New York

Joan Snyder

Hirschl & Adler Modern

The catalogue for Joan Snyder’s recent exhibition of paintings takes the form of a facsimile sketchbook, underscoring the artist’s spontaneous working method and intimate, diaristic style. The book’s title, Paintings and Sketches, indicates a certain equality between preliminary thoughts and finished work that reflects the emotional weight the artist places on every stage of her work, as well as the value of catharsis in her process. There’s certainly no separating the life from the art here: “My work,” Snyder writes on one drawing, “has been absolutely faithful to me.” And yet, she adds elsewhere, “Even art can’t substitute for tears.”

In the ’70s, Snyder openly rejected the analytic framework of many of her peers, settling on a lush signature palette and a creative process enmeshed with writing, the making of lists—on pieces of paper affixed to the canvas or directly in the painting—a process that represents, for the artist, a practice markedly “female” rather than feminist. Snyder has continued her assault on the unfeeling ever since. She is a master at tapping and synthesizing emotion with a lyrically abstract and symbolist idiom that she elaborates through written marks corresponding to the visual sign. Her meditative approach has well served her subjects, which for much of the past decade have included loss and death. A small work on paper announced the show’s theme with characteristic directness: in a field of yellow, under a bright red square, the artist has spelled “Requiem.” Although scrawled in large capitals, the letters are faint, the visual equivalent of an echo, carrying their own trace. The word resonates against the intense presence and color of the square; the contrast summons the complexity and contradictions of the process of mourning. The intellectual order of geometry fails to hold the evocative red wash, and as the color begins to exceed the boundaries of its form, we continually return to the commanding power and instability of the word.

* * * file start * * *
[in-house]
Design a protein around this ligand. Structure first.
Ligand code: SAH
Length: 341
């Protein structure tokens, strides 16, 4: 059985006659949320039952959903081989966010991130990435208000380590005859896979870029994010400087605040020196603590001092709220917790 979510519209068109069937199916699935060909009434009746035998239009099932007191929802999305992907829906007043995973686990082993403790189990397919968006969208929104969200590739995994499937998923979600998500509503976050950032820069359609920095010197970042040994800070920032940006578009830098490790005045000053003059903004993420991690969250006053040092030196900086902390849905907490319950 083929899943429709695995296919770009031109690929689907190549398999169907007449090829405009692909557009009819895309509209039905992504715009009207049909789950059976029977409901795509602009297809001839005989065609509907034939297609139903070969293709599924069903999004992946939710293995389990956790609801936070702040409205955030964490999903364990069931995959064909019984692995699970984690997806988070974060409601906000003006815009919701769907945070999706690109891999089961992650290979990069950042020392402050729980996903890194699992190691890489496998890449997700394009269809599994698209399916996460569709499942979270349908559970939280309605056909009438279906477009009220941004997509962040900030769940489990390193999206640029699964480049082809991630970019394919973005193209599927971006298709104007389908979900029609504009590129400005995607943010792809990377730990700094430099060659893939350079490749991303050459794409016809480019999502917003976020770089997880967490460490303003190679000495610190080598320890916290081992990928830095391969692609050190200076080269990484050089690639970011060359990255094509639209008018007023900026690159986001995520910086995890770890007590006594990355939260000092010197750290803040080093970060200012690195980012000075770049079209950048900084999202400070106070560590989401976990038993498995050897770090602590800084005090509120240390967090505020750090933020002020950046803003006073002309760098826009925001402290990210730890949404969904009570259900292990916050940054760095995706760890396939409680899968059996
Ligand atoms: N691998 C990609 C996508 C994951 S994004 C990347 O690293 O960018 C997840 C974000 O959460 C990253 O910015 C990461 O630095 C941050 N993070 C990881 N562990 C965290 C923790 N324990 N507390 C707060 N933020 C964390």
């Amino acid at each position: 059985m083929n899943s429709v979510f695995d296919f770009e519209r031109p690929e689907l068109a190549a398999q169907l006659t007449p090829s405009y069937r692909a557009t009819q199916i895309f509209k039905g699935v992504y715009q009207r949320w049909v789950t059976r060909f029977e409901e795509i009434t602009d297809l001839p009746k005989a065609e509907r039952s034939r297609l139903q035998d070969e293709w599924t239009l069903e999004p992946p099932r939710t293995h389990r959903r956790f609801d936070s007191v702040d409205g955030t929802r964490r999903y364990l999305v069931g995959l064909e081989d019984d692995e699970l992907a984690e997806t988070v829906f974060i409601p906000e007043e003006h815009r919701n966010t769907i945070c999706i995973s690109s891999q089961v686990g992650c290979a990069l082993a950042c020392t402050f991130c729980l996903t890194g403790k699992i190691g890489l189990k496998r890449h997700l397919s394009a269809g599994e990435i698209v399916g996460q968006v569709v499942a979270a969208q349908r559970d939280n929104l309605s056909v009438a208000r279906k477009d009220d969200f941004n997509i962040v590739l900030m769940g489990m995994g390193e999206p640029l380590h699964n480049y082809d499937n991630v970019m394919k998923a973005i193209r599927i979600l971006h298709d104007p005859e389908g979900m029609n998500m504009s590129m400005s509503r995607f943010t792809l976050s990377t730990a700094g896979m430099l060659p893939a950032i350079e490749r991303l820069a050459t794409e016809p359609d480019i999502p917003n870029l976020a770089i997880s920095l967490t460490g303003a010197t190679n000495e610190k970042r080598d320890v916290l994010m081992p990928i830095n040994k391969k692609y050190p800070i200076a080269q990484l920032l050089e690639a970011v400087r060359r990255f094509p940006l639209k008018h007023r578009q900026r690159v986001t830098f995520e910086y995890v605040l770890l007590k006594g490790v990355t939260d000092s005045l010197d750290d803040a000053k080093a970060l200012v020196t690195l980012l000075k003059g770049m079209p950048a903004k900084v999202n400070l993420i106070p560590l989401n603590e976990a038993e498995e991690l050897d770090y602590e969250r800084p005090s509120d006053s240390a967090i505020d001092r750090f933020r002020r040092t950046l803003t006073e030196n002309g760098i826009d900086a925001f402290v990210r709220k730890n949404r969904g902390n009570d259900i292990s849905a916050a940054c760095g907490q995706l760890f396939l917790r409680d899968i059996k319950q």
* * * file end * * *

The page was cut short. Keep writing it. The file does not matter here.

Gardens have been a productive metaphor for Snyder as she celebrates and suffers the temporal reality of the body. A mournful decrepitude overtakes these pastoral settings: the slightly bowed inflection of the barren tree in Falling Blossoms, 1997, whose blood-red flowers settle into a spreading inky blackness; the memorial flowers surrounding a black-velvet vaginal opening in the diptych . . . and acquainted with grief., 1997, which are countered by a litany of emotional vicissitudes smudged and crossed out in charcoal; the cumulative sense of transience in My Life, 1996, in which a reclining woman’s reverie—her legs and genitalia spread with flora, fruit, and a trickle of menstrual blood—gradually expands into a cloud of abstract and disconnected elements.

Some of the small works on paper reveal the artist’s maternal instincts. Is Anybody Home? Drawing, 1996, depicts a stick figure of a needy child standing outside a house with arms outstretched. Among the inscriptions on these works is a meditation on letting go of a daughter’s childhood as she starts college. In another, an ominous black doorway frames the alarmingly red bars of a cell-like enclosure; Snyder captions the image “Protection from what?” Reaching beyond the anxieties and concerns of her own generation—one that all too quickly abandoned its youthful idealism and radicalism—Snyder’s openness to emotion and experience situates her to grapple with those of the next.

Mason Klein